STMicro has expanded its STM32U5 series of MCUs with devices that raise performance, enhance energy efficiency, and strengthen cybersecurity. According to ST, the STM32U5 is also the first general-purpose group of MCUs to receive NIST embedded random-number entropy source certification.
Based on the latest Cortex-M33 core, the MCUs target deeply embedded applications like environmental and industrial sensors, building automation, wearable devices, eMobility controls, and others, especially in remote, difficult to access locations. Among the new devices, the STM32U59x/5Ax MCUs pack 4 Mbytes of flash memory and 2.5 Mbytes of SRAM, the largest on-chip memory of any STM32 MCU to date.
Energy-saving features include autonomous peripherals and ST’s low-power background autonomous mode (LPBAM). LPBAM allows the application to maintain critical functionality, while the core and other unused blocks power down into any of the MCU’s power-saving modes.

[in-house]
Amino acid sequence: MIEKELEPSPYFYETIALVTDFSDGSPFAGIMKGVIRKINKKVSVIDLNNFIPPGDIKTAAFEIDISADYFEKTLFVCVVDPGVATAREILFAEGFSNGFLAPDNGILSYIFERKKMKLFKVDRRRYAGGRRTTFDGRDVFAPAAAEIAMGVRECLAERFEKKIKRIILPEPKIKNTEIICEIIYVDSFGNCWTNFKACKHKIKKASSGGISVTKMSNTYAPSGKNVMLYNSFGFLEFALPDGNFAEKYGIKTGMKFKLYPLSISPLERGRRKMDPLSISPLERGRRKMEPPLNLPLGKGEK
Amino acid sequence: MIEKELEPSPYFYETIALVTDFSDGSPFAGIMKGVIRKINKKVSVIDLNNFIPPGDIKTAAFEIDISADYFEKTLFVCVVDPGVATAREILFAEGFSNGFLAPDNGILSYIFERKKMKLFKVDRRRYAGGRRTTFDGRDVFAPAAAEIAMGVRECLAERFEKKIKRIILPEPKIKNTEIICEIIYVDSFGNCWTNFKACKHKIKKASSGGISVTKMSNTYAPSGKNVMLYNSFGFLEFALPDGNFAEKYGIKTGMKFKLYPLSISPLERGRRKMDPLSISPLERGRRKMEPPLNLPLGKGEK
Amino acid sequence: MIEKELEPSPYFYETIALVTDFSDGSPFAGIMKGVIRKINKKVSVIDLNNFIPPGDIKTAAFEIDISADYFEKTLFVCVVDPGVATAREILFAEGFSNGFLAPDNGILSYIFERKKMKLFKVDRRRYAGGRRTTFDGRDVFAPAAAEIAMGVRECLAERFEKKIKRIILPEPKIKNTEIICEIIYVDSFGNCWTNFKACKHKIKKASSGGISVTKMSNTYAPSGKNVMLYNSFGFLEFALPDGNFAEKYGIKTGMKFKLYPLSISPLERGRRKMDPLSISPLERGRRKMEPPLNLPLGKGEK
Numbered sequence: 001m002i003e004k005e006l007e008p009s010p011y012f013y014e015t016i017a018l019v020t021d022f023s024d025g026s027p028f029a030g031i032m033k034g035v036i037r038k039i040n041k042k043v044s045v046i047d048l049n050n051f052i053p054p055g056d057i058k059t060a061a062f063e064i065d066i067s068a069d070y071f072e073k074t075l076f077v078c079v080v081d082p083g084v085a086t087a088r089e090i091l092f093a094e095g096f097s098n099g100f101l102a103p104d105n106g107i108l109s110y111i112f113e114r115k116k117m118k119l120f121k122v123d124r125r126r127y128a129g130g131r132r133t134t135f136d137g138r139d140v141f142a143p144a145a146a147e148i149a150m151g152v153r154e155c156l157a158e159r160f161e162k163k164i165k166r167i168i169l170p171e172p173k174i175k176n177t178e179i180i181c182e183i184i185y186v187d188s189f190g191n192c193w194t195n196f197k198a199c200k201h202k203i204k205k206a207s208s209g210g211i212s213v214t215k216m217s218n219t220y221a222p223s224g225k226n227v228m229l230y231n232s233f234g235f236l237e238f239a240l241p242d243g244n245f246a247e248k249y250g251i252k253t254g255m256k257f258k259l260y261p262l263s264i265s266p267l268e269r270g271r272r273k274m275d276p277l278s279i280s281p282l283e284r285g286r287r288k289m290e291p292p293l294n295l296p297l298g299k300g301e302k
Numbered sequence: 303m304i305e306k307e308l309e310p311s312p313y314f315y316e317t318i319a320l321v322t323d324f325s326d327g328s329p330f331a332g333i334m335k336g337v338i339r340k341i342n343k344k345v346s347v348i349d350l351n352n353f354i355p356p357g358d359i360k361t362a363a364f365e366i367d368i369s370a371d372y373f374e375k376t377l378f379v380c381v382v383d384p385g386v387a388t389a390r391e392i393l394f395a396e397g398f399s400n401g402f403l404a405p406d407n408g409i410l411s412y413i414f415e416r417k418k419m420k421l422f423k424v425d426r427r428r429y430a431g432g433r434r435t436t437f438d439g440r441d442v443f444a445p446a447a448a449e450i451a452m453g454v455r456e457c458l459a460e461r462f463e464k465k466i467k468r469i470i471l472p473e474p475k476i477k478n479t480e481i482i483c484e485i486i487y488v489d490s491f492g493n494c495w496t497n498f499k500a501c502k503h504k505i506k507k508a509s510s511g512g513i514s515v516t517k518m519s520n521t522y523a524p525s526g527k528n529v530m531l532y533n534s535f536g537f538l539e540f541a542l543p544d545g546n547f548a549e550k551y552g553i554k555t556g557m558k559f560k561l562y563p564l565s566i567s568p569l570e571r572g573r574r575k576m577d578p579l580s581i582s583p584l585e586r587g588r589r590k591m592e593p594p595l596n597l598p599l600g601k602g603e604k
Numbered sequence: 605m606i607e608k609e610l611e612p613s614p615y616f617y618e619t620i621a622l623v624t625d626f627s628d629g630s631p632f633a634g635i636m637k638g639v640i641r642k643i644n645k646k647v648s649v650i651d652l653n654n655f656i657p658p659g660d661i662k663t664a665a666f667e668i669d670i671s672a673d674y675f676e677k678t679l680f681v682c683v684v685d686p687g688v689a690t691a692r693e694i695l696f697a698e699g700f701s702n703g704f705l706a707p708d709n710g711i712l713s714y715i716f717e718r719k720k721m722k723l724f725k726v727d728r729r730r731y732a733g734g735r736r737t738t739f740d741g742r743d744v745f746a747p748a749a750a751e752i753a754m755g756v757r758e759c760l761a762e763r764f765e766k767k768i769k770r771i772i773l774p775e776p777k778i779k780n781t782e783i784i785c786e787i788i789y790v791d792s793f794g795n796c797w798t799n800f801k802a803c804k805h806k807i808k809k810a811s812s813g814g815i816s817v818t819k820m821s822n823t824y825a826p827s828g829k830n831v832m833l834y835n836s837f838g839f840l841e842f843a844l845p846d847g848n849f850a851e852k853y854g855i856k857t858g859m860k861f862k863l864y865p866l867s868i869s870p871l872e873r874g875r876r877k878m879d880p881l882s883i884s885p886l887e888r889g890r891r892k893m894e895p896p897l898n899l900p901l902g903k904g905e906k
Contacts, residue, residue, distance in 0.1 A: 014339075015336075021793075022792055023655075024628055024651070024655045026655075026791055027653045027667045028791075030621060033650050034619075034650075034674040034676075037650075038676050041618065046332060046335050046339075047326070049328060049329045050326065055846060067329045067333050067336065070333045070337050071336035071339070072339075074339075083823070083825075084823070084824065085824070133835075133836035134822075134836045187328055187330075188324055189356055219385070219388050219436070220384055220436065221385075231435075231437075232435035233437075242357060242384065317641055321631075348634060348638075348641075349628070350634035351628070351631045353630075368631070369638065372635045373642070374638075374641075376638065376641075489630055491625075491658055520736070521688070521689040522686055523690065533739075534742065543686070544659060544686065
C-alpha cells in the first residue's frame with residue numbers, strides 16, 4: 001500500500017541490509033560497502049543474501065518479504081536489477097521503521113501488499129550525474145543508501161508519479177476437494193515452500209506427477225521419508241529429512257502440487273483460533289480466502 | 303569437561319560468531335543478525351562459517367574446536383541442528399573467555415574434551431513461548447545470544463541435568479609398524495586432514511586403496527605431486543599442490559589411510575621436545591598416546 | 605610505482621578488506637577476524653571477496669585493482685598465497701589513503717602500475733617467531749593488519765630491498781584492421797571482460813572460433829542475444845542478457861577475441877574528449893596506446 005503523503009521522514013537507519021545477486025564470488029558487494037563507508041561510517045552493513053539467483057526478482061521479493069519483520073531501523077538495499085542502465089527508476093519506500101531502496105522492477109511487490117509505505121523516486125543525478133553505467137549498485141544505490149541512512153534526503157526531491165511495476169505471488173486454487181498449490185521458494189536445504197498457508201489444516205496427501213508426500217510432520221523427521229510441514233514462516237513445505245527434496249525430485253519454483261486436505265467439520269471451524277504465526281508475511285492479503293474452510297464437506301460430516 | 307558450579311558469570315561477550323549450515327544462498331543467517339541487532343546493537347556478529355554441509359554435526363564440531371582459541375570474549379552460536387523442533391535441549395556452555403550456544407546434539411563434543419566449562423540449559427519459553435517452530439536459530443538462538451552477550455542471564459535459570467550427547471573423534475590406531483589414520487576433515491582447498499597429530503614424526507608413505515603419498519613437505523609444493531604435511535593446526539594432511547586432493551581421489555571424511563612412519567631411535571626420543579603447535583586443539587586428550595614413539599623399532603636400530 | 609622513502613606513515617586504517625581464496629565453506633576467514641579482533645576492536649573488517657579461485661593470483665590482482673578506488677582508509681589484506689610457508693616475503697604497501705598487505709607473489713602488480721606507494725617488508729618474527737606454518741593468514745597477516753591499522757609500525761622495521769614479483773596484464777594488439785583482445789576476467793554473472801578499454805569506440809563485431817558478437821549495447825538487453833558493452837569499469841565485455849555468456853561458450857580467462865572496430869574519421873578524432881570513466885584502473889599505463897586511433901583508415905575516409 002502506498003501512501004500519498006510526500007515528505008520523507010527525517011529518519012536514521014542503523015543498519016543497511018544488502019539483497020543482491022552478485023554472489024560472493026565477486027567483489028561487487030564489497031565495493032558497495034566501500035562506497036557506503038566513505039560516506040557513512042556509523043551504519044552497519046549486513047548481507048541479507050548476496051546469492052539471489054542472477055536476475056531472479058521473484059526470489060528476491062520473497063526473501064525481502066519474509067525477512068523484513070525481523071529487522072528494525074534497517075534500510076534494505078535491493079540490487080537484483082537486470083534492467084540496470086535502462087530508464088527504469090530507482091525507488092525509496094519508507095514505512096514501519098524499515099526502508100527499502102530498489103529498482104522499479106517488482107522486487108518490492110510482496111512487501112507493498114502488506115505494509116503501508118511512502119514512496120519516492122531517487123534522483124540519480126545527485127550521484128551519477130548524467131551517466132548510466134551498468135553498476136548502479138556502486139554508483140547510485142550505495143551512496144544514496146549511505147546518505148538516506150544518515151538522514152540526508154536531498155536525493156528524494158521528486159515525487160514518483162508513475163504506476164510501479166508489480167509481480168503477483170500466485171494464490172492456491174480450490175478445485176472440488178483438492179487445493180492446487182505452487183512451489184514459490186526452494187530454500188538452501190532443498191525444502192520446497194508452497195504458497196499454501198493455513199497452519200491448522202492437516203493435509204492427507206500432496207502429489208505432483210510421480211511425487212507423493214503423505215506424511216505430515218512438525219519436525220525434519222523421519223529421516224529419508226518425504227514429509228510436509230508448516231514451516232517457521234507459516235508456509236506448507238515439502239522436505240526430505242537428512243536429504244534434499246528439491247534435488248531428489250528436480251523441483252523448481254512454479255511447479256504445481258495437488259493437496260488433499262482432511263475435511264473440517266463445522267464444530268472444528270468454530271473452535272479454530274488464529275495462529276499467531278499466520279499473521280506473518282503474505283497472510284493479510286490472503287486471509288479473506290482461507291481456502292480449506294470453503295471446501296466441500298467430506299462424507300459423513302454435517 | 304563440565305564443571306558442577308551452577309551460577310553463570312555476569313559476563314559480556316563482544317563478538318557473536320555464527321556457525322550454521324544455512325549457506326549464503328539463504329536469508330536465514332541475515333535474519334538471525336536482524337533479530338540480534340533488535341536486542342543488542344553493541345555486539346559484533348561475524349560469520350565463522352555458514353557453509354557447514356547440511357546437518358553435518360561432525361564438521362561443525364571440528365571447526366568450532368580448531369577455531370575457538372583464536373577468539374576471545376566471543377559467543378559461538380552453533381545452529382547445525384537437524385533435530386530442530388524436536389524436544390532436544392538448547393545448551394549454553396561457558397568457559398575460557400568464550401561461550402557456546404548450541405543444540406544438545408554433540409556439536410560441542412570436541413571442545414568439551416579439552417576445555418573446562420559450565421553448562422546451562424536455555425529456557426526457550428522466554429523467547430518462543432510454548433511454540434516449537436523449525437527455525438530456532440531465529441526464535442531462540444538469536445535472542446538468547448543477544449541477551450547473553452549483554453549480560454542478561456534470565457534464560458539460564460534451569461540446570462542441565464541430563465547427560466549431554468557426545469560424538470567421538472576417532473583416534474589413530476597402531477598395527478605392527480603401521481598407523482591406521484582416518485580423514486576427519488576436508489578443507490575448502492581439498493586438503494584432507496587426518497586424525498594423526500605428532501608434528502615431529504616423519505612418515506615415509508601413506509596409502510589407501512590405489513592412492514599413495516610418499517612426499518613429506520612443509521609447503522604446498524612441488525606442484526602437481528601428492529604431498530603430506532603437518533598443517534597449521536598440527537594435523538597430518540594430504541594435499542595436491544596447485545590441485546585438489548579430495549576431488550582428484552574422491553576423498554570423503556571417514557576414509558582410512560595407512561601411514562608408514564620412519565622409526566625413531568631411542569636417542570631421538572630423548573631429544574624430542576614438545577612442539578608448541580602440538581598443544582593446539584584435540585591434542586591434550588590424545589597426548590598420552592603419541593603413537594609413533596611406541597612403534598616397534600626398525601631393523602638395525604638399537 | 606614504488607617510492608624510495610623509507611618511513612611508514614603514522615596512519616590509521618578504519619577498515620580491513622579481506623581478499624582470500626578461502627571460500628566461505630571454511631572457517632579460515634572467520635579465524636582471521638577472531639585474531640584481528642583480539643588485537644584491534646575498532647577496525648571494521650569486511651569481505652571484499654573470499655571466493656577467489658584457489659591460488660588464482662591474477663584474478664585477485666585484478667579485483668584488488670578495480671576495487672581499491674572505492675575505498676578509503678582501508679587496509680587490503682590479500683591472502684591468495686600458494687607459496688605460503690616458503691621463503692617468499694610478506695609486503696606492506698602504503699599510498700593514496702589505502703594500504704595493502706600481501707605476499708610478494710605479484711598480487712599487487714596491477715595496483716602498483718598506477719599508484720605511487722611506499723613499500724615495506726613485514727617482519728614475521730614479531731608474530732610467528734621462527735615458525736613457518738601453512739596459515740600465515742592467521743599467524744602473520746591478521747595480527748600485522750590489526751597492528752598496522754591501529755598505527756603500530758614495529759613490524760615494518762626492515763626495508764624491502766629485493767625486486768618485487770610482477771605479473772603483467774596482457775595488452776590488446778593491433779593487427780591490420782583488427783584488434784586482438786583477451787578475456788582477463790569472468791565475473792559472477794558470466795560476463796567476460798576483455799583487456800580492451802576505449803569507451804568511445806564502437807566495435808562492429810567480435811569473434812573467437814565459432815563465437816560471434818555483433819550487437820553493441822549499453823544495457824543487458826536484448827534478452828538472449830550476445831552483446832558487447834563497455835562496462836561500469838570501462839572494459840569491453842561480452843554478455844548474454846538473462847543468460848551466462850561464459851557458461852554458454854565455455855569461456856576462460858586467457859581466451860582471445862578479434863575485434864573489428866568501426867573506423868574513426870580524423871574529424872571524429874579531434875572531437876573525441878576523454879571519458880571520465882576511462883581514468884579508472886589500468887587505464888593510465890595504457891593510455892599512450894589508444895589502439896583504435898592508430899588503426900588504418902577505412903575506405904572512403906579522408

Variants with ST’s NeoChrom graphics processing unit (GPU) on-chip can run a smartphone-like GUI previously only possible with an expensive microprocessor-based system. GUI developers can leverage the TouchGFX framework now featuring SVG support and rich graphical assets.
STM32U5 MCUs benefit from the Cortex-M33’s memory protection unit and Arm’s TrustZone architecture featuring hardware isolation. They also integrate cryptographic accelerators for advanced AES algorithms, support for public key architecture, and resistance to physical attacks.
The new STM32U5 devices are scheduled to begin volume production in Q2 2023, with prices starting at $2.15 each in lots of 10,000 units. To learn more about the STM32U5 family of microcontrollers, click here.
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